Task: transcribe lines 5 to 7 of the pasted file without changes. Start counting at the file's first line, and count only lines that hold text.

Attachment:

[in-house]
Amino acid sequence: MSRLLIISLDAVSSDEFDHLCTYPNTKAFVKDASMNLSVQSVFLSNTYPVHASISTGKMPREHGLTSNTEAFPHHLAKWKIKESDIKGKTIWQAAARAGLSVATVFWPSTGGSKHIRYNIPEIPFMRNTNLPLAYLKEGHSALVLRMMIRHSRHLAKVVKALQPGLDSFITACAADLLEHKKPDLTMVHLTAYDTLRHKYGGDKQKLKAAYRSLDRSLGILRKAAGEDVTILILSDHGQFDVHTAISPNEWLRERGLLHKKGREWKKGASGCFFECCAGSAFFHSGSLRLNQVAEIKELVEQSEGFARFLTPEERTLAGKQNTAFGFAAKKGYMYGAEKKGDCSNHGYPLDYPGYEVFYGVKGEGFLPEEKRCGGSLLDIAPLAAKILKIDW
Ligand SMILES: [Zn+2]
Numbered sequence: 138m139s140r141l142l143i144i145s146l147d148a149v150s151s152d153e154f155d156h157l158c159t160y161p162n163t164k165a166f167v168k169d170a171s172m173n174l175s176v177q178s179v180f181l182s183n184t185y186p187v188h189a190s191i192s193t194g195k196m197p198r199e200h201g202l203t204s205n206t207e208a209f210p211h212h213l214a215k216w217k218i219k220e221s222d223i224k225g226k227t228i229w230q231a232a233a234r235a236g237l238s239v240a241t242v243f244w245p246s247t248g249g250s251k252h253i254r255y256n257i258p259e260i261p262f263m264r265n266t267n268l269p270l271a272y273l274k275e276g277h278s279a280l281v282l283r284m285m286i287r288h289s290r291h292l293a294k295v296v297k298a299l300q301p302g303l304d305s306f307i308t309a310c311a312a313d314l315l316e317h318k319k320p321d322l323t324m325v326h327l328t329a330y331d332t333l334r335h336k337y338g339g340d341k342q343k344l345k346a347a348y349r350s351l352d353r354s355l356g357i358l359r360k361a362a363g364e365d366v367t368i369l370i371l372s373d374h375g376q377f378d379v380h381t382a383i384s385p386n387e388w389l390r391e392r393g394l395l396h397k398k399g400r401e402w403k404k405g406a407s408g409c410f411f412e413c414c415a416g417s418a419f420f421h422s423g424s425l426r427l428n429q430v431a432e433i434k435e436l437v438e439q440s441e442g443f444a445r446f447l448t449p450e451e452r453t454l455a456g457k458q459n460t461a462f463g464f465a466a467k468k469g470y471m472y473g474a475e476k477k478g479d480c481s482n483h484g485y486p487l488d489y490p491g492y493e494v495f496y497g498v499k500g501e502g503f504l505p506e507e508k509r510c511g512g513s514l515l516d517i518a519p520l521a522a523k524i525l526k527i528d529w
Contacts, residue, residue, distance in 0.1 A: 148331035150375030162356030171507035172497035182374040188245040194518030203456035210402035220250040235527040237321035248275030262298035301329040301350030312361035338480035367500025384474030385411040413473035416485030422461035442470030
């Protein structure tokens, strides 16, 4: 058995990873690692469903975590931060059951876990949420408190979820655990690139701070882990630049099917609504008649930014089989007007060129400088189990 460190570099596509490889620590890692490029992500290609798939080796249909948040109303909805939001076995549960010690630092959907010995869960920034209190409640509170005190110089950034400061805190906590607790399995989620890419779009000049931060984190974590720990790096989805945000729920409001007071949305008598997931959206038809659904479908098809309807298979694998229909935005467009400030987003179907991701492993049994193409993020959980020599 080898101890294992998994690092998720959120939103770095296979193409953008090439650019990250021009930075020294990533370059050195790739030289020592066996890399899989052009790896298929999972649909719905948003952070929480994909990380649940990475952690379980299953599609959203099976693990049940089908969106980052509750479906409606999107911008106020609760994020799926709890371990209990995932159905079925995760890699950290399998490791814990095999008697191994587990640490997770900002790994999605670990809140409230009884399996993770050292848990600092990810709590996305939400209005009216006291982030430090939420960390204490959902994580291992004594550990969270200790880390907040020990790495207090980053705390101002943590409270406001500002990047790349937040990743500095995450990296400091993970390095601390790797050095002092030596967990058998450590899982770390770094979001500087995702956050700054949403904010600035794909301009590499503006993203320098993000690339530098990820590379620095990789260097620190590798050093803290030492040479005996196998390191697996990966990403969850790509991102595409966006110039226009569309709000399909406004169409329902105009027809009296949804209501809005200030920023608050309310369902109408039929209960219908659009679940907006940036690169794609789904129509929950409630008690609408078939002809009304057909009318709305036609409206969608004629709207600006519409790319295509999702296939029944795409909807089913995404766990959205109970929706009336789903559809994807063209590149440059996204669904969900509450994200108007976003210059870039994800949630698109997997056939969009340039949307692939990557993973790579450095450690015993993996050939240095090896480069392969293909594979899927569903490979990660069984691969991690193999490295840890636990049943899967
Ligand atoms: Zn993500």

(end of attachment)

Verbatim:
Contacts, residue, residue, distance in 0.1 A: 148331035150375030162356030171507035172497035182374040188245040194518030203456035210402035220250040235527040237321035248275030262298035301329040301350030312361035338480035367500025384474030385411040413473035416485030422461035442470030
């Protein structure tokens, strides 16, 4: 058995990873690692469903975590931060059951876990949420408190979820655990690139701070882990630049099917609504008649930014089989007007060129400088189990 460190570099596509490889620590890692490029992500290609798939080796249909948040109303909805939001076995549960010690630092959907010995869960920034209190409640509170005190110089950034400061805190906590607790399995989620890419779009000049931060984190974590720990790096989805945000729920409001007071949305008598997931959206038809659904479908098809309807298979694998229909935005467009400030987003179907991701492993049994193409993020959980020599 080898101890294992998994690092998720959120939103770095296979193409953008090439650019990250021009930075020294990533370059050195790739030289020592066996890399899989052009790896298929999972649909719905948003952070929480994909990380649940990475952690379980299953599609959203099976693990049940089908969106980052509750479906409606999107911008106020609760994020799926709890371990209990995932159905079925995760890699950290399998490791814990095999008697191994587990640490997770900002790994999605670990809140409230009884399996993770050292848990600092990810709590996305939400209005009216006291982030430090939420960390204490959902994580291992004594550990969270200790880390907040020990790495207090980053705390101002943590409270406001500002990047790349937040990743500095995450990296400091993970390095601390790797050095002092030596967990058998450590899982770390770094979001500087995702956050700054949403904010600035794909301009590499503006993203320098993000690339530098990820590379620095990789260097620190590798050093803290030492040479005996196998390191697996990966990403969850790509991102595409966006110039226009569309709000399909406004169409329902105009027809009296949804209501809005200030920023608050309310369902109408039929209960219908659009679940907006940036690169794609789904129509929950409630008690609408078939002809009304057909009318709305036609409206969608004629709207600006519409790319295509999702296939029944795409909807089913995404766990959205109970929706009336789903559809994807063209590149440059996204669904969900509450994200108007976003210059870039994800949630698109997997056939969009340039949307692939990557993973790579450095450690015993993996050939240095090896480069392969293909594979899927569903490979990660069984691969991690193999490295840890636990049943899967
Ligand atoms: Zn993500």